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Sunscaper
11-14-2007, 06:44 PM
Here some RCP I installed today with my bobcat.

bobcat_ron
11-14-2007, 08:27 PM
Wow, I've never seen oval shaped pipe before, what type of material is it made of?

tallrick
11-14-2007, 08:34 PM
That looks like concrete culvert sections. It's pretty common here in Florida under sandy soil. I have installed quite a bit of it along the roads. Just fit together and cover the joints. What part of the State are you, Ft myers, Labelle?

Dirt Digger2
11-14-2007, 08:39 PM
driveway crossing?....we never put fabric on our rcp...always just fit them together and throw a little cement around the thing...do those have the rubber gaskets inside?

EMJ
11-14-2007, 09:01 PM
You have to use fabric. We spend more time going in to fix contractor's short cuts. If the pipe separates due to settling, the fabric keeps the water from carrying the soil through the crack and into the pipe creating a sink hole or washout. Cement does nothing but crack. I would not waste your time or money with the cement. We use the "squashed" pipe in areas that we do not have a lot of depth to work with.

RockSet N' Grade
11-14-2007, 09:10 PM
I assume you use gaskets/lube and then wrap them? they love to do it quick and dirty here with no fabric, but the way you are doing it is correct.......wish more would take more pride in what they do.......

Sunscaper
11-14-2007, 10:06 PM
We use a tar in the joints called ram neck, then add the cloth. The inspection is tomorrow. I didn't see any light through the joints but they stick a mirror on a stick in there to check and then shine a mag nite into the joint at an angle. Also if its off more than 1/10 you fail and pay $50. Florida is VERY anal about drainage. BTW this is North port.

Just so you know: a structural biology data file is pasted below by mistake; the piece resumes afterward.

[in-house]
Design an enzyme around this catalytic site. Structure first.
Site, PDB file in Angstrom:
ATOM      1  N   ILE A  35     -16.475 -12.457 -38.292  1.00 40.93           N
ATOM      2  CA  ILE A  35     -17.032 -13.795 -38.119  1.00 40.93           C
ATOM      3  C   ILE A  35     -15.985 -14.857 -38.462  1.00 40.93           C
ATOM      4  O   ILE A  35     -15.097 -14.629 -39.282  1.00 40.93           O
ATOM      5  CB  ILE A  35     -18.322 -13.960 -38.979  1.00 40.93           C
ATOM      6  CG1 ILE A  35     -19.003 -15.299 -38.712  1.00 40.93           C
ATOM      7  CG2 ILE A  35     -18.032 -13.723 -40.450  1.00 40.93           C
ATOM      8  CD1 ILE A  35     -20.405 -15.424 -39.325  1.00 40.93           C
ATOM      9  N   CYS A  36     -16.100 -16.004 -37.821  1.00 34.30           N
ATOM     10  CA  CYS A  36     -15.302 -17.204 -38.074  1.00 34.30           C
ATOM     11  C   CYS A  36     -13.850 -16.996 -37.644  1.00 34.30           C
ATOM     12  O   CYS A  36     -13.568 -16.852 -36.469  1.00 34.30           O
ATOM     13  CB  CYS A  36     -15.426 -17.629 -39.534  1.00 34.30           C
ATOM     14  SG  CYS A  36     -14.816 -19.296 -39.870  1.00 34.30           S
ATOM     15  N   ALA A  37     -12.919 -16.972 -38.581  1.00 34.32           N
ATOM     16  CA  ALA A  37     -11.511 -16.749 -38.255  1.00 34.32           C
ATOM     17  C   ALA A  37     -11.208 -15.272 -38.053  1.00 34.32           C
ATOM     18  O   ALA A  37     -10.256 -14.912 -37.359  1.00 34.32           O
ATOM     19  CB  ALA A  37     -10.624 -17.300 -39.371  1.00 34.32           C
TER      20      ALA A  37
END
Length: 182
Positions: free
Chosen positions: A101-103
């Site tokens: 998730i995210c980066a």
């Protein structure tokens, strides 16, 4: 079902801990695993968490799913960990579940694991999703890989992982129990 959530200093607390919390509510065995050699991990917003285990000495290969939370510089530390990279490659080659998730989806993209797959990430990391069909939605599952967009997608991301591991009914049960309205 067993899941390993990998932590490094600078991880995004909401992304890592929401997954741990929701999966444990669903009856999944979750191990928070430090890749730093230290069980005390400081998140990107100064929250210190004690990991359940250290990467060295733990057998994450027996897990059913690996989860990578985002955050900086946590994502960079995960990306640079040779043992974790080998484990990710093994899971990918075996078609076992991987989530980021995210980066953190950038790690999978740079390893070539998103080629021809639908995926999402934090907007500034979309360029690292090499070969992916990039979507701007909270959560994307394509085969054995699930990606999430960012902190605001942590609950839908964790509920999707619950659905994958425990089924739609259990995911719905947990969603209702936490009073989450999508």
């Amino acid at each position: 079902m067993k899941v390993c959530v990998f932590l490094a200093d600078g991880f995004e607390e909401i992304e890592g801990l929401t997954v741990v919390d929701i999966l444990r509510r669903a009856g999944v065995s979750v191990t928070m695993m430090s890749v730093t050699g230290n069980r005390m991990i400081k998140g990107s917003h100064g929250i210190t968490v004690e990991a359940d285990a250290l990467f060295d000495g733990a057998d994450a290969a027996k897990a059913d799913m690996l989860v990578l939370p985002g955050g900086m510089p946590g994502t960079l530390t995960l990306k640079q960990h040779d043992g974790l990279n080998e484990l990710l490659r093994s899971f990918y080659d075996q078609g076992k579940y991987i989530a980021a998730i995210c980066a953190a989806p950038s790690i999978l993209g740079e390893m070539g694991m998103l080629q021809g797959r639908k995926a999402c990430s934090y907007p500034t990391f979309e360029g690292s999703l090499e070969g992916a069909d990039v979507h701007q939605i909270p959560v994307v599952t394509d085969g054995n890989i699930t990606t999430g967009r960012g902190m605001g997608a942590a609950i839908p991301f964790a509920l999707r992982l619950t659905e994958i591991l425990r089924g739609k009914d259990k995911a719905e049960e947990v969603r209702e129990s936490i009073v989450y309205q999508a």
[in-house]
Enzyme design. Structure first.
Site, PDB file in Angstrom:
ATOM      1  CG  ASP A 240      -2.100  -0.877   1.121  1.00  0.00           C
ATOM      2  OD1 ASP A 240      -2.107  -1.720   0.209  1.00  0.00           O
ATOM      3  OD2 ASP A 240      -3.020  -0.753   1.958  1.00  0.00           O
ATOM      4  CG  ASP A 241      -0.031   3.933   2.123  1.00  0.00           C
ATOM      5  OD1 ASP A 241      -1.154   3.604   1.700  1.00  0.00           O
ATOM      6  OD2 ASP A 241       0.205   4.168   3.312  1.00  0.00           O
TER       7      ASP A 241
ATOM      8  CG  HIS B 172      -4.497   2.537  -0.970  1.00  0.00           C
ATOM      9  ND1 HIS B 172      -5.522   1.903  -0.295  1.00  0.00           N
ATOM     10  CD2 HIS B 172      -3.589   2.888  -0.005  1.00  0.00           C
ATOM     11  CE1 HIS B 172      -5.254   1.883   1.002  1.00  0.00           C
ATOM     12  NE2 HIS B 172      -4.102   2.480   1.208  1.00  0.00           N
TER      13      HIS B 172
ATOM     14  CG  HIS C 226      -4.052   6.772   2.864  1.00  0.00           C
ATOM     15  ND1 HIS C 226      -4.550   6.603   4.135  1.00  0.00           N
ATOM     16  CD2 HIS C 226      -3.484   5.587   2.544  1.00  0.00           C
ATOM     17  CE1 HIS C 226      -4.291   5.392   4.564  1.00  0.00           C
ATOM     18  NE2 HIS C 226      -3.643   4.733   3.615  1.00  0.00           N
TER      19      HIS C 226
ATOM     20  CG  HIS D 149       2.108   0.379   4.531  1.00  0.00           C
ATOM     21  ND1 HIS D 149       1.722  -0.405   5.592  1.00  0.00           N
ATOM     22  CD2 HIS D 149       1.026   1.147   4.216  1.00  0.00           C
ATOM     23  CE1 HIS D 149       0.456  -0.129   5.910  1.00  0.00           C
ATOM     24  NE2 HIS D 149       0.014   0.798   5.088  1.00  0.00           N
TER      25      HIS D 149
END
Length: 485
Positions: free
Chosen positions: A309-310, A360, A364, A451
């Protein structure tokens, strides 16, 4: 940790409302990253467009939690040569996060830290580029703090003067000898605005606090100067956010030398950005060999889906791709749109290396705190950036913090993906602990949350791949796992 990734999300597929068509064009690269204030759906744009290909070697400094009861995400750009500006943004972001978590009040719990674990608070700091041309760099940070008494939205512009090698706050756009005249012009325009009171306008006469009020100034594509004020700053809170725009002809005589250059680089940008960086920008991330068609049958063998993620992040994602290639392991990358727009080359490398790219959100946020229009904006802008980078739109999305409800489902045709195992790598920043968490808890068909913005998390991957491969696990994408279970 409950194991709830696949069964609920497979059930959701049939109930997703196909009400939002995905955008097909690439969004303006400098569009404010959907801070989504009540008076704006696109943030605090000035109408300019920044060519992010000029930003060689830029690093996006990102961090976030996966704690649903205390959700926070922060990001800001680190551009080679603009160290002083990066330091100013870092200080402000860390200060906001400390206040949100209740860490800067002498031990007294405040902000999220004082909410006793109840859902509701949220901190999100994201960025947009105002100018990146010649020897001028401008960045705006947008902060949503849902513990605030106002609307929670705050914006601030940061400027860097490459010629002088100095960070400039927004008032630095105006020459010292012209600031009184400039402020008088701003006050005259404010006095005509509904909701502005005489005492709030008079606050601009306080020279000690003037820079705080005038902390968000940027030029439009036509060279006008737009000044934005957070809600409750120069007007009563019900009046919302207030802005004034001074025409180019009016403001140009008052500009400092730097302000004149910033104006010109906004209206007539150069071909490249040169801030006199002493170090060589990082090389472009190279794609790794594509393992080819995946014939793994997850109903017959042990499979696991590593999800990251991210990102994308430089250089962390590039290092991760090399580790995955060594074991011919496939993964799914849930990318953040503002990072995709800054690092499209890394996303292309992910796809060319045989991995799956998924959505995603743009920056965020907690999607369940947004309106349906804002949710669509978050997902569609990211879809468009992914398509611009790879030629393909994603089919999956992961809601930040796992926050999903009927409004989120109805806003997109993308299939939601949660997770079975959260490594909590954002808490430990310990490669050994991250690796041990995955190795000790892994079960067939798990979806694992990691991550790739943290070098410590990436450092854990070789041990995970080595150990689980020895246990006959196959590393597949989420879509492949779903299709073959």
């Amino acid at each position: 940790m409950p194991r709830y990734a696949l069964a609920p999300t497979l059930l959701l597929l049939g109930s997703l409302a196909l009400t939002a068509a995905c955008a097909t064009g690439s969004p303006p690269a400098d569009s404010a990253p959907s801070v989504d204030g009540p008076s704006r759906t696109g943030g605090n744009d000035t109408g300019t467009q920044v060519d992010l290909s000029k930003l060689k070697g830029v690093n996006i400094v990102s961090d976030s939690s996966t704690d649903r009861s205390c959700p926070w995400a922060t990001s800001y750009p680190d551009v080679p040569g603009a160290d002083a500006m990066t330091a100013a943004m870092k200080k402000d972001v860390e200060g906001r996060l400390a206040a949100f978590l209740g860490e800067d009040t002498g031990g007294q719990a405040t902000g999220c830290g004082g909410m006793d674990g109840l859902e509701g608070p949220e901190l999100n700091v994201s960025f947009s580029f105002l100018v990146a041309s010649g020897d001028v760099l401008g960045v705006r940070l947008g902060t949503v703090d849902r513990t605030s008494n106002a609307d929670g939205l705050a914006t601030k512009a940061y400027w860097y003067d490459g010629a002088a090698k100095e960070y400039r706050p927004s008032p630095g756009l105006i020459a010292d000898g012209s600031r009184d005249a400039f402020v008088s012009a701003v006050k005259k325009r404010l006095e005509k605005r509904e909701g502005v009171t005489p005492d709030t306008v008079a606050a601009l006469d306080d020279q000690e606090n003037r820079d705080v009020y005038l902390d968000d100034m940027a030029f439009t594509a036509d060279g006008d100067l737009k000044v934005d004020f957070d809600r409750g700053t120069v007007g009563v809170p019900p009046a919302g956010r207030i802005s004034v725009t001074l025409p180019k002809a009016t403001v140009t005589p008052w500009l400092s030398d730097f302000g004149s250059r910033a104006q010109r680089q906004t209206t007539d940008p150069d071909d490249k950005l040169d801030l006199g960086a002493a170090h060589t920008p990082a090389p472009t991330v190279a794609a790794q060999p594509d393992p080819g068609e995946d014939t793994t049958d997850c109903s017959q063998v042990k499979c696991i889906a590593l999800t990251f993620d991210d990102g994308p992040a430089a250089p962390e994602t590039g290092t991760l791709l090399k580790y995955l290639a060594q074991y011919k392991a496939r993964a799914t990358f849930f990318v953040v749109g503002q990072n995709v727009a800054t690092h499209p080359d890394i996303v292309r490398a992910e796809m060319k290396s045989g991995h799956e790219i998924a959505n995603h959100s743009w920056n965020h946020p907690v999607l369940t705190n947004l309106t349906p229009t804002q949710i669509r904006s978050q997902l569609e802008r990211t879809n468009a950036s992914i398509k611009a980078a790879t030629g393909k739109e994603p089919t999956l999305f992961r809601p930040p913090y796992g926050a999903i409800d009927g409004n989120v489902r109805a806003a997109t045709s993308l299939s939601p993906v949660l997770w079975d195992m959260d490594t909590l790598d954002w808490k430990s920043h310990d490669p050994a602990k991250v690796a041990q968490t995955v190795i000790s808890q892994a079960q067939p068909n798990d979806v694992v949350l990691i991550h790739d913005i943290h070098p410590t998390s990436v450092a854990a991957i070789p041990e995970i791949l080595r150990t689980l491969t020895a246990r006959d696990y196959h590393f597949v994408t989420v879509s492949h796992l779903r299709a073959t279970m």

Dirt Digger2
11-14-2007, 11:01 PM
we had to go in and fix 2 broken sections of 15" rcp that a dozer guy hit while final grading. These two pieces were in the middle of a 200' run from box to box...you want to talk about a pain in the ass, you got one there...i ended up digging about 4 feet on either side and trying to "snake it out" side to side but that didn't work, so i broke the 2 pieces with the hoe and then knocked the top of the bell off the other and set the new pieces in...luckily we always carry a 5 gallon bucket of sand and cement on our service trucks

tallrick
11-14-2007, 11:02 PM
I must have a bad memory, but the ramnek I remember was a preformed seal, made of unvulcanized rubber that stuck to the concrete. I have see the old-fashioned oakum and asphalt joints fail. Not too big a deal in extreme south Florida with rocky fill. But from Broward up the sandy soil easily seeps in any little gap. I got involved installing the culvert as a duct for fiber optic cables. Never got to do it with a skid steer though, but a track loader. I liked that work.

RockSet N' Grade
11-15-2007, 12:42 AM
Ever get any gators or snakes crawling in there before inspections or backfill? Heck, here you may find a homeless individual camping out......

SiteSolutions
11-15-2007, 07:19 AM
We use a tar in the joints called ram neck, then add the cloth. The inspection is tomorrow. I didn't see any light through the joints but they stick a mirror on a stick in there to check and then shine a mag nite into the joint at an angle. Also if its off more than 1/10 you fail and pay $50. Florida is VERY anal about drainage. BTW this is North port.

I can see why they are so anal; the whole state only has about 6' of fall from Central Florida to the beach...:laugh:

bobcat_ron
11-15-2007, 08:15 AM
Wow, that makes sense.

Gravel Rat
11-15-2007, 07:27 PM
Not too often do you see concrete culverts around here unless its required most of the time it is plastic or galvinized culverts. Precast pipes etc is too expensive.